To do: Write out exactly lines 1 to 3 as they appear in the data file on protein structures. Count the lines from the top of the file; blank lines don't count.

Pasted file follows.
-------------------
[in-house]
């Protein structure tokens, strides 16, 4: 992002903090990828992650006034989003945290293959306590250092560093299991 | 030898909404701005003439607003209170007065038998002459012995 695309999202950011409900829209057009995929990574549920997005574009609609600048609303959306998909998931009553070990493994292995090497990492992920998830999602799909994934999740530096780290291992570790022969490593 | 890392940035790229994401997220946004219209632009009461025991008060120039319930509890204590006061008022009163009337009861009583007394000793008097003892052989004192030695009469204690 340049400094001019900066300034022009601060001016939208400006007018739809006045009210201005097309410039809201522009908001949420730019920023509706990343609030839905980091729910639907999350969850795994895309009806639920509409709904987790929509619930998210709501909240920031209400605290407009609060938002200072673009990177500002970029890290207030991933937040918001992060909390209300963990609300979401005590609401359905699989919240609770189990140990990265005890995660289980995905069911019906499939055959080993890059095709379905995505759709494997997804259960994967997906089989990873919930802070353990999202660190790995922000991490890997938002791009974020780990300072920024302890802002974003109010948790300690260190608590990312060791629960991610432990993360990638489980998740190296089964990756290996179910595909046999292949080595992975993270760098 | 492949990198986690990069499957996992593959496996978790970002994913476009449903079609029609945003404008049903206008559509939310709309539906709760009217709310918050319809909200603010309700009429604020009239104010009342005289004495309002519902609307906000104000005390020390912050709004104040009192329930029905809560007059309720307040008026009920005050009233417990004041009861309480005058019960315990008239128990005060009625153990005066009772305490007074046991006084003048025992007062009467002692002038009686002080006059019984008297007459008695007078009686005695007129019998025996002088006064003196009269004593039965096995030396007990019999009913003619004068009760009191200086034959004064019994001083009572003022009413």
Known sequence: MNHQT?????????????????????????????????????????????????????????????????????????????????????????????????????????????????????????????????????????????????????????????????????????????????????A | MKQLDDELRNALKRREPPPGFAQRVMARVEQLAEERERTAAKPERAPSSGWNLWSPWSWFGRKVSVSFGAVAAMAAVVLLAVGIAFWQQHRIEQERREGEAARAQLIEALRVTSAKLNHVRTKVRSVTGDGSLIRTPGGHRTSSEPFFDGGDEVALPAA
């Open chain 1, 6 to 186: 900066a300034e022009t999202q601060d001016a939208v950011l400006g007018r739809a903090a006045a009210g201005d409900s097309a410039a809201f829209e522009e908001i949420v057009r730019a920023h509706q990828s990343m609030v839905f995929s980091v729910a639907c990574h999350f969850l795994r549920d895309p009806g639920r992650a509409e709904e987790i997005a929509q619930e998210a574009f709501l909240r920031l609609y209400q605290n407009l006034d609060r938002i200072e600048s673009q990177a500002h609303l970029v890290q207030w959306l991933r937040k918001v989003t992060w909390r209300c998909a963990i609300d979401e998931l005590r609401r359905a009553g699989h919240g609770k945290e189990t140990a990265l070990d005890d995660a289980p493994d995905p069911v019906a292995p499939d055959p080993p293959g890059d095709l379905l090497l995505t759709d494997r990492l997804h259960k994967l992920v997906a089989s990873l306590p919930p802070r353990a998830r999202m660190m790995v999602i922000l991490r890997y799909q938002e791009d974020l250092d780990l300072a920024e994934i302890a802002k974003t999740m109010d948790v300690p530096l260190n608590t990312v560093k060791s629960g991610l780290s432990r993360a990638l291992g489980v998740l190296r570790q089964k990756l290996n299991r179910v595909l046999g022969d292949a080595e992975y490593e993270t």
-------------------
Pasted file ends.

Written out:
[in-house]
């Protein structure tokens, strides 16, 4: 992002903090990828992650006034989003945290293959306590250092560093299991 | 030898909404701005003439607003209170007065038998002459012995 695309999202950011409900829209057009995929990574549920997005574009609609600048609303959306998909998931009553070990493994292995090497990492992920998830999602799909994934999740530096780290291992570790022969490593 | 890392940035790229994401997220946004219209632009009461025991008060120039319930509890204590006061008022009163009337009861009583007394000793008097003892052989004192030695009469204690 340049400094001019900066300034022009601060001016939208400006007018739809006045009210201005097309410039809201522009908001949420730019920023509706990343609030839905980091729910639907999350969850795994895309009806639920509409709904987790929509619930998210709501909240920031209400605290407009609060938002200072673009990177500002970029890290207030991933937040918001992060909390209300963990609300979401005590609401359905699989919240609770189990140990990265005890995660289980995905069911019906499939055959080993890059095709379905995505759709494997997804259960994967997906089989990873919930802070353990999202660190790995922000991490890997938002791009974020780990300072920024302890802002974003109010948790300690260190608590990312060791629960991610432990993360990638489980998740190296089964990756290996179910595909046999292949080595992975993270760098 | 492949990198986690990069499957996992593959496996978790970002994913476009449903079609029609945003404008049903206008559509939310709309539906709760009217709310918050319809909200603010309700009429604020009239104010009342005289004495309002519902609307906000104000005390020390912050709004104040009192329930029905809560007059309720307040008026009920005050009233417990004041009861309480005058019960315990008239128990005060009625153990005066009772305490007074046991006084003048025992007062009467002692002038009686002080006059019984008297007459008695007078009686005695007129019998025996002088006064003196009269004593039965096995030396007990019999009913003619004068009760009191200086034959004064019994001083009572003022009413």
Known sequence: MNHQT?????????????????????????????????????????????????????????????????????????????????????????????????????????????????????????????????????????????????????????????????????????????????????A | MKQLDDELRNALKRREPPPGFAQRVMARVEQLAEERERTAAKPERAPSSGWNLWSPWSWFGRKVSVSFGAVAAMAAVVLLAVGIAFWQQHRIEQERREGEAARAQLIEALRVTSAKLNHVRTKVRSVTGDGSLIRTPGGHRTSSEPFFDGGDEVALPAA